Bespoke Investment Group also publishes a chart that shows the spread between companies guiding future earnings higher or lower on a percentage basis.  Up to this quarter, the spread has been negative for the NINE previous quarters, meaning that there are more companies stating they will earn less in the upcoming quarter than the same quarter a year prior.

As of Friday, the spread between companies posting negative guidance vs. companies posting positive guidance stands at -3.7%. That means, depending on this week, it is possible we could see companies warning that they will earn LESS next quarter than they did in the previous quarter ten straight times in a row.


The last time this number was positive was the second quarter of 2011 and look how well the market done since the summer of 2011.

Finally, read this with your best Dos Equis commercial voice…I don’t normally get three day weekends, but when I do, I watch the ENTIRE season of House of Cards in one sitting.  I suggest it to anyone, it’s captivating TV even if you can’t stand fake southern accents.

Please call or email with questions.

Investment advice offered through Monument Advisory Group, LLC a Registered Investment Advisor (RIA).

The opinions voiced in this material are for general information only and are not intended to provide specific advice or recommendations for any individual. To determine which investment(s) may be appropriate for you, consult your financial advisor prior to investing. All performance referenced is historical and is no guarantee of future results. All indices are unmanaged and cannot be invested into directly. Stock investing involves risk including loss of principal. The Dow Jones Industrial Average is comprised of 30 stocks that are major factors in their industries, and widely held by individuals and institutional investors. The Standard & Poor’s 500 Stock Index (S&P 500) is an unmanaged capitalization weighted index of 500 stocks designed to measure performance of the broad domestic economy through changes in the aggregate market value of 500 stocks representing all major industries. The NASDAQ Composite Index measures all domestic and non-U.S. based common stocks listed on The NASDAQ Stock Market. The market value, the last sale price multiplied by total shares outstanding, is calculated throughout the trading day, and is related to the total value of the Index. The Russell 2000 Small Stock Index is an unmanaged index generally representative of the 2000 smallest companies in the Russell 3000 Index. The Russell 2000 is an unmanaged index generally comprised of companies with lower price-to-book ratios and lower forecasted growth values.  The 2, 10 and 30 year Treasury is simply the yield at the close of the day.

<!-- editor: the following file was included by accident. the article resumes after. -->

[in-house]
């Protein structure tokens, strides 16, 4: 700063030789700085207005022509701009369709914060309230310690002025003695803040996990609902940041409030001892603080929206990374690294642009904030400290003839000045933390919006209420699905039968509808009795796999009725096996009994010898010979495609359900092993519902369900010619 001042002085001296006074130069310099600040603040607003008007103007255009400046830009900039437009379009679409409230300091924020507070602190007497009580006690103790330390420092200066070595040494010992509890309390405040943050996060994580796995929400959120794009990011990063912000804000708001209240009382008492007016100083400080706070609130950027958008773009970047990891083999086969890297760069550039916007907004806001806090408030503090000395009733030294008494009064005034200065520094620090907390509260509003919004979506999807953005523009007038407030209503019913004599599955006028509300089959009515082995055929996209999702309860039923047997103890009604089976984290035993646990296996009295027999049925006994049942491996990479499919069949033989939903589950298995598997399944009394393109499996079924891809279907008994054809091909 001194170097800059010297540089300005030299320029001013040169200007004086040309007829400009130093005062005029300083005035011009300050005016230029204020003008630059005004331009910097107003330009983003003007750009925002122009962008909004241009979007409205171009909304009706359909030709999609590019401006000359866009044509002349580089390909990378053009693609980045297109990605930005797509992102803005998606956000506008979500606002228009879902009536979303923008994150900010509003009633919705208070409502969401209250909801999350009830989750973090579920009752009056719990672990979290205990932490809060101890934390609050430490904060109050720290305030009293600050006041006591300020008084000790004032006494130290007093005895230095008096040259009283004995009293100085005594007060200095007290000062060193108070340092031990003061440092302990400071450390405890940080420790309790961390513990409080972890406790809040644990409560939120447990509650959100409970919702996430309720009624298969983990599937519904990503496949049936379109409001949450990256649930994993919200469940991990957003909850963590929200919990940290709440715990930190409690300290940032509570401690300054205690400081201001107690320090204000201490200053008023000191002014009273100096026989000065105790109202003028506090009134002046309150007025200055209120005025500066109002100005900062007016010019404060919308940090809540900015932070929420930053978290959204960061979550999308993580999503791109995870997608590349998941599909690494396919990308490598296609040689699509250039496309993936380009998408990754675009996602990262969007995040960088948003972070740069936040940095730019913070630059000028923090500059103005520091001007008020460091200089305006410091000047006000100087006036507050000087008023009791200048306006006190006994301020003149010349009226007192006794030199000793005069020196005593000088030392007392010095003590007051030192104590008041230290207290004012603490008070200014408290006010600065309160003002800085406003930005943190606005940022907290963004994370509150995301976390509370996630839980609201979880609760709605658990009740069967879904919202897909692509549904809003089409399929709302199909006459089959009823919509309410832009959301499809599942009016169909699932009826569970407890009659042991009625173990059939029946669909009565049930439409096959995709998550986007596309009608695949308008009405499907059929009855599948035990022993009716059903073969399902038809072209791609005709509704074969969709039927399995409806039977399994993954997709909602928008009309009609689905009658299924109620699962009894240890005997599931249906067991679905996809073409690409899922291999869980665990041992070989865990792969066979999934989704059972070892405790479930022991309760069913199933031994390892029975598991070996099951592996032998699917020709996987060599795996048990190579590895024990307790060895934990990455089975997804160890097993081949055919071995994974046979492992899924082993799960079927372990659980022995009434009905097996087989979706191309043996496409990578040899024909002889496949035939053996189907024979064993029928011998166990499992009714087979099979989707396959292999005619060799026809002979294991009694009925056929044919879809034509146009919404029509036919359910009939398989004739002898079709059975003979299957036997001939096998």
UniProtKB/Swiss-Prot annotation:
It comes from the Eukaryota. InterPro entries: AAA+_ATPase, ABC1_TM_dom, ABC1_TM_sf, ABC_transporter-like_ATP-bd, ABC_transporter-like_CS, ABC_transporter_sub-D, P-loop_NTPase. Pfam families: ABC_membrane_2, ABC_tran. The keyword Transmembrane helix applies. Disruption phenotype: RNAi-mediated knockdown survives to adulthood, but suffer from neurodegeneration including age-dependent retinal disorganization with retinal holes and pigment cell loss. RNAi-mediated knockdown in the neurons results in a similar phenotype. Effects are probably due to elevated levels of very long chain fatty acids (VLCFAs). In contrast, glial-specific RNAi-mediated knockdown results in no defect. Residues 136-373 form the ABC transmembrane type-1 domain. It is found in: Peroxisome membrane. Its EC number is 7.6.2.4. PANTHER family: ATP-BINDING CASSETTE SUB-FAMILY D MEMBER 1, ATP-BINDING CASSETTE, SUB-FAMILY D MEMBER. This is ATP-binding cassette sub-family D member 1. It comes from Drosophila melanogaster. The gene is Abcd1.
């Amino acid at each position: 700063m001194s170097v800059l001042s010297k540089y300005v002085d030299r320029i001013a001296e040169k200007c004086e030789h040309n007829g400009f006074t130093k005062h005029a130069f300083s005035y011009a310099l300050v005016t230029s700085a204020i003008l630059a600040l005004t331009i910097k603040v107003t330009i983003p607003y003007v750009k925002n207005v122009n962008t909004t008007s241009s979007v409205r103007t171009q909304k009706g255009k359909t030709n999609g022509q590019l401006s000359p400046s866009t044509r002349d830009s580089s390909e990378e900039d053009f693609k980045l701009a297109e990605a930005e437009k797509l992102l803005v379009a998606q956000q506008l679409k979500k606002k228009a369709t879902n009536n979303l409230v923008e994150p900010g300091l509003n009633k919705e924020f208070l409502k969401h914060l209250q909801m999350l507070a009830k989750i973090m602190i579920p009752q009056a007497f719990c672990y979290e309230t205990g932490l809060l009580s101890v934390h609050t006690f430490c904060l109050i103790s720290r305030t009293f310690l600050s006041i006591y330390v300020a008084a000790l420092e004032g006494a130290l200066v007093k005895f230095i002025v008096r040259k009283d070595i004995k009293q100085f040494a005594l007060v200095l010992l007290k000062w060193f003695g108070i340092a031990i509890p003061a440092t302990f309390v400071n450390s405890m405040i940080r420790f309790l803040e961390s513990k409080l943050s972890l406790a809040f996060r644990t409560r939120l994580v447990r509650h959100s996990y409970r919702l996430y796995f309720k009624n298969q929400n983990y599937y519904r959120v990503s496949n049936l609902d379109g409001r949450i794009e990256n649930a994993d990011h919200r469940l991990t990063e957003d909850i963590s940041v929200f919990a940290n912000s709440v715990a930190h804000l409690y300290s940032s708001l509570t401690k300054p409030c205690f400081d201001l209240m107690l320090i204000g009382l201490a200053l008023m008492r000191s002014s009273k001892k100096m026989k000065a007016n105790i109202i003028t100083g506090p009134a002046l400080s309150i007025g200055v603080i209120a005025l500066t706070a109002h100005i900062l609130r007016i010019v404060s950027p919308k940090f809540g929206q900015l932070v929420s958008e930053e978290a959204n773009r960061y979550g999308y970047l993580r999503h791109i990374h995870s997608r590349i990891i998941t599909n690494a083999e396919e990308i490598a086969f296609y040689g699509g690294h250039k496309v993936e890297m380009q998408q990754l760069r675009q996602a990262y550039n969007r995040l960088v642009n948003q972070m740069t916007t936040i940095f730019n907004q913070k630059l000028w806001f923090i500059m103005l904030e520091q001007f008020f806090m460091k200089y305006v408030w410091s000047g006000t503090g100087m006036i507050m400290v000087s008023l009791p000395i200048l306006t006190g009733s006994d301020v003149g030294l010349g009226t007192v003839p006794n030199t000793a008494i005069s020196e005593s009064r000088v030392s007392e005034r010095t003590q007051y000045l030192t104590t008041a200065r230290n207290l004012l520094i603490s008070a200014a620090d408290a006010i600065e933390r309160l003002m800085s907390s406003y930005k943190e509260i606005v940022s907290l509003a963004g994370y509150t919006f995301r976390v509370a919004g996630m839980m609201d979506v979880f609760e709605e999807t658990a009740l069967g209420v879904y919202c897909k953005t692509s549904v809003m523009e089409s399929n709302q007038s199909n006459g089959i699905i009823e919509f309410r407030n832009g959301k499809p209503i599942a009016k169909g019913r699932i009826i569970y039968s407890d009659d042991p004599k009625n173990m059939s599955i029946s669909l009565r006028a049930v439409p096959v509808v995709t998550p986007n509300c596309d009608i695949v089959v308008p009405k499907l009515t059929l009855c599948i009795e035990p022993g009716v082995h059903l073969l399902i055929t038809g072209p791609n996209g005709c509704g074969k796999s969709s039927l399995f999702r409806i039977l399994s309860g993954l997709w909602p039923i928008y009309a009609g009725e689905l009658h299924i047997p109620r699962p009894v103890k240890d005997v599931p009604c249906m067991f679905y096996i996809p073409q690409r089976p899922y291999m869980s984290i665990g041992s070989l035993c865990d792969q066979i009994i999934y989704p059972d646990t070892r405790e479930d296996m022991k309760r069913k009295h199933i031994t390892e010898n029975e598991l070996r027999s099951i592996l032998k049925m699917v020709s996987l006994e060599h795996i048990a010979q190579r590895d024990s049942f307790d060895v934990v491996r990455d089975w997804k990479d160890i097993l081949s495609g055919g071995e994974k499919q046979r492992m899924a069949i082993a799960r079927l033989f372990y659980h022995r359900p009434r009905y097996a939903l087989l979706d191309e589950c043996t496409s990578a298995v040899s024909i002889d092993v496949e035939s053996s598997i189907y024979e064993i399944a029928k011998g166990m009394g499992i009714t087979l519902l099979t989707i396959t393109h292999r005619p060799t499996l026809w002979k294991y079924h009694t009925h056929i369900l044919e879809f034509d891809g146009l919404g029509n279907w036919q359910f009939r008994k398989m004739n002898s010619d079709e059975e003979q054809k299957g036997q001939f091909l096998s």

(1)      West Texas Intermediate crude spot price is as of end of week.

(2)      London Bullion Market Association; gold fixing pricing at 3 p.m. London time.

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David B. Armstrong, CFA

President & Co-Founder

Dave got into the industry when he discovered his passion for finance in his mid-20’s. He’s a combat veteran and served as an officer in the United States Marines Corps on both active duty and in the reserves, retiring at the rank of Lieutenant Colonel. While serving on active duty, Dave was unable to spend money on deployments, so he became a self-taught investor. Along with a few bucks cash as a bouncer, his investing performance grew to be good....